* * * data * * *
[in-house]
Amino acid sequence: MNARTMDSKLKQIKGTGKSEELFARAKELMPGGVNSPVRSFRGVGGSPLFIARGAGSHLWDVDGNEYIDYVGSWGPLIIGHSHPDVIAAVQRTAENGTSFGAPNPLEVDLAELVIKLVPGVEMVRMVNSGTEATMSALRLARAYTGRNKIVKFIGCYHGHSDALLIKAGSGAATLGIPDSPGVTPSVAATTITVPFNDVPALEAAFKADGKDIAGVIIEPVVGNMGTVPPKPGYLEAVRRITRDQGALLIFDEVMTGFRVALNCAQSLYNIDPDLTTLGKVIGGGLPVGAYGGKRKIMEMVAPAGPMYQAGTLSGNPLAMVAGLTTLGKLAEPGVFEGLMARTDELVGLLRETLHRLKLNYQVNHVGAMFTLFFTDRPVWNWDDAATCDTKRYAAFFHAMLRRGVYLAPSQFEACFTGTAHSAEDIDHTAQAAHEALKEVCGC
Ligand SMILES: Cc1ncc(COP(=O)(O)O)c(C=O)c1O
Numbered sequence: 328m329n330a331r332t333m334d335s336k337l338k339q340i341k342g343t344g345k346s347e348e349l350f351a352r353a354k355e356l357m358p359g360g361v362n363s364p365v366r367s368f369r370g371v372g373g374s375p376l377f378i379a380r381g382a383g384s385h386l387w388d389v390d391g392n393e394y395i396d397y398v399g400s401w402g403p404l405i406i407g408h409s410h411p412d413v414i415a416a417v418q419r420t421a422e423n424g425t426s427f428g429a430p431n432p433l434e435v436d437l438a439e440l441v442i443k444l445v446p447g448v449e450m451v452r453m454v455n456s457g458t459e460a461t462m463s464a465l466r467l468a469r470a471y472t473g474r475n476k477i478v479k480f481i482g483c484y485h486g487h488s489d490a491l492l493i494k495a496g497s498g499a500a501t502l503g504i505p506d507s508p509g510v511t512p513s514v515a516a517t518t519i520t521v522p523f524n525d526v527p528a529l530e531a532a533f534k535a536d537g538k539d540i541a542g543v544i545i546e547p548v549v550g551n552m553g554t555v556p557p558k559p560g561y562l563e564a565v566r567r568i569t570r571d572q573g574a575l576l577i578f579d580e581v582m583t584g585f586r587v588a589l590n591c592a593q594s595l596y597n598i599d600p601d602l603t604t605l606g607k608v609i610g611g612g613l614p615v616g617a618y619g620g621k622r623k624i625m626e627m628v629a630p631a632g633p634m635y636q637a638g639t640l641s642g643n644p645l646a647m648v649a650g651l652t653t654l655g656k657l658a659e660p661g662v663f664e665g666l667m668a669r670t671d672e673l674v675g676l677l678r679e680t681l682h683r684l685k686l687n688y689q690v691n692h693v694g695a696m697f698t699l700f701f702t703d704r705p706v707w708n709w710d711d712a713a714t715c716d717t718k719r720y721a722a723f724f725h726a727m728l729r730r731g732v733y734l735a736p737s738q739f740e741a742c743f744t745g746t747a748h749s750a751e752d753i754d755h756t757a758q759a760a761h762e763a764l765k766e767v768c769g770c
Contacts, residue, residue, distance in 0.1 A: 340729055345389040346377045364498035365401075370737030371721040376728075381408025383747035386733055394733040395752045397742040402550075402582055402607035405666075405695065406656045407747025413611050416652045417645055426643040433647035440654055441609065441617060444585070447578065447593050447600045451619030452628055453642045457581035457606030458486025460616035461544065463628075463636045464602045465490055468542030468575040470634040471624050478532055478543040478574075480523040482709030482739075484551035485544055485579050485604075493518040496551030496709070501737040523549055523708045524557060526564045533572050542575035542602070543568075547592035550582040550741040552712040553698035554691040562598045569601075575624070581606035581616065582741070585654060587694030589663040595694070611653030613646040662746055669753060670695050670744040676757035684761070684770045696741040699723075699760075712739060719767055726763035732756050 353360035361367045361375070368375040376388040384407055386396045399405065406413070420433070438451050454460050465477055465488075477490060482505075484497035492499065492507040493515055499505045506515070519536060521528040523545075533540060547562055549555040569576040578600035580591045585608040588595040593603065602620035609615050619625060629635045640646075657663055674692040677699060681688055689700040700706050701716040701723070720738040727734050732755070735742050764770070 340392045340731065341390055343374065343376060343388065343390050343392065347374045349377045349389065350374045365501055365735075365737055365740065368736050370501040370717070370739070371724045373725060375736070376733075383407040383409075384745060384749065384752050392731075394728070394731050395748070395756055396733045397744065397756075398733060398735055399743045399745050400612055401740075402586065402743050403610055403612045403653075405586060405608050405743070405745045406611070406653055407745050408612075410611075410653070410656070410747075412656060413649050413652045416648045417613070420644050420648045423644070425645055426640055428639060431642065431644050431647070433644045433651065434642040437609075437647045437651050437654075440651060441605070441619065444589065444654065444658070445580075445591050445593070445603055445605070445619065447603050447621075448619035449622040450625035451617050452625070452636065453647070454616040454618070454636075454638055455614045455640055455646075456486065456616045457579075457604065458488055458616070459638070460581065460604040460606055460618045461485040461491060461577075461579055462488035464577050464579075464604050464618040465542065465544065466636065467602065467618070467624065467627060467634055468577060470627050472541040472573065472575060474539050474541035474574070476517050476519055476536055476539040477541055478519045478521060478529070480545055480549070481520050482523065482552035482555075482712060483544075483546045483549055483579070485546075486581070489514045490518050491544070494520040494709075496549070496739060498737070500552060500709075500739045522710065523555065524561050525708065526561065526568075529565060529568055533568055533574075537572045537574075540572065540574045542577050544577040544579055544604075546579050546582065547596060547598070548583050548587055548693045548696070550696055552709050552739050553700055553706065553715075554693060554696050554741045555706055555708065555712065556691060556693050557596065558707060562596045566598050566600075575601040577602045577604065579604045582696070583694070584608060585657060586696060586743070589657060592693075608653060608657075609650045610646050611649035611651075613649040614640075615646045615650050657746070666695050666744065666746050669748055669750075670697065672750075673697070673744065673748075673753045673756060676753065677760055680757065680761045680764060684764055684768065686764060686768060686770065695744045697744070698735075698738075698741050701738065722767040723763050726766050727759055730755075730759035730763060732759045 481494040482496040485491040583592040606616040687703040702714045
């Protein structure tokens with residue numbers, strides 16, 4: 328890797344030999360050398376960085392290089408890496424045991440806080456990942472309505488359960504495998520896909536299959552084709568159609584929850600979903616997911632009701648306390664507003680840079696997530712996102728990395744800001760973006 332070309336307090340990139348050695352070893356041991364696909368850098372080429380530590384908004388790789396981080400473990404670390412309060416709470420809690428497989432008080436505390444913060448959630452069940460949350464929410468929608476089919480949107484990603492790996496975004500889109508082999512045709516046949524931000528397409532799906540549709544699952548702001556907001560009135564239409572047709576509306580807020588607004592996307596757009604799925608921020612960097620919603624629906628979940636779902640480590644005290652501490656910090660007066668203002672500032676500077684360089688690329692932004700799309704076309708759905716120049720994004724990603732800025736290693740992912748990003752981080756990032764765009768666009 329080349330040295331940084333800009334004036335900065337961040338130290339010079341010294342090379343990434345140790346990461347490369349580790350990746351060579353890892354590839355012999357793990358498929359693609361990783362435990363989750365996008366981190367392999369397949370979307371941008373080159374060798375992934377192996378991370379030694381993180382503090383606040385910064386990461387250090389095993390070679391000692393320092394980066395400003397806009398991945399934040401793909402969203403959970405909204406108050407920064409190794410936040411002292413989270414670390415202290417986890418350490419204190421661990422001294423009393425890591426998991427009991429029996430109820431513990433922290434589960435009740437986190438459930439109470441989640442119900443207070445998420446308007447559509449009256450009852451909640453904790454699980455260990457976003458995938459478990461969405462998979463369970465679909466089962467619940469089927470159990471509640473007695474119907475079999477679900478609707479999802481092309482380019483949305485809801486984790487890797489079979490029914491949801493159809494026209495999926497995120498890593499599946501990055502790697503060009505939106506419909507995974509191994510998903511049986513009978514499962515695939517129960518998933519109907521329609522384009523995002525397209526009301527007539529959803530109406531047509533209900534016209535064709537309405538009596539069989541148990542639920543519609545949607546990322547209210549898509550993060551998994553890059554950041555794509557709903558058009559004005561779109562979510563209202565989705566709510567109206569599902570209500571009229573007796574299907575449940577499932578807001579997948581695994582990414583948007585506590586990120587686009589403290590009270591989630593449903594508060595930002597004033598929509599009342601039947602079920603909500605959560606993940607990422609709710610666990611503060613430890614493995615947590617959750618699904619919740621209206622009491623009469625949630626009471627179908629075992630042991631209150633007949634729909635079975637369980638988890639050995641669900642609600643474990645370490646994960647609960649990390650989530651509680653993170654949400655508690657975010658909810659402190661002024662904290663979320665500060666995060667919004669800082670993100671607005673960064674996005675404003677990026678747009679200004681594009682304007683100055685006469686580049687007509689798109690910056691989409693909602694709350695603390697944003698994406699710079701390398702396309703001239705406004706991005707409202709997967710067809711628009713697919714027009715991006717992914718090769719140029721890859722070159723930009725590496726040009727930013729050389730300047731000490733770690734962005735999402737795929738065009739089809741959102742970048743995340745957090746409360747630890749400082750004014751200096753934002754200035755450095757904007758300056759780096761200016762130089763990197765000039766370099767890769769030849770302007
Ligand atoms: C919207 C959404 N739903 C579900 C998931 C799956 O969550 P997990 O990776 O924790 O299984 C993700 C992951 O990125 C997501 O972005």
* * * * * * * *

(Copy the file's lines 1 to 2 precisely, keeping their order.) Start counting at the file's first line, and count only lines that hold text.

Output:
[in-house]
Amino acid sequence: MNARTMDSKLKQIKGTGKSEELFARAKELMPGGVNSPVRSFRGVGGSPLFIARGAGSHLWDVDGNEYIDYVGSWGPLIIGHSHPDVIAAVQRTAENGTSFGAPNPLEVDLAELVIKLVPGVEMVRMVNSGTEATMSALRLARAYTGRNKIVKFIGCYHGHSDALLIKAGSGAATLGIPDSPGVTPSVAATTITVPFNDVPALEAAFKADGKDIAGVIIEPVVGNMGTVPPKPGYLEAVRRITRDQGALLIFDEVMTGFRVALNCAQSLYNIDPDLTTLGKVIGGGLPVGAYGGKRKIMEMVAPAGPMYQAGTLSGNPLAMVAGLTTLGKLAEPGVFEGLMARTDELVGLLRETLHRLKLNYQVNHVGAMFTLFFTDRPVWNWDDAATCDTKRYAAFFHAMLRRGVYLAPSQFEACFTGTAHSAEDIDHTAQAAHEALKEVCGC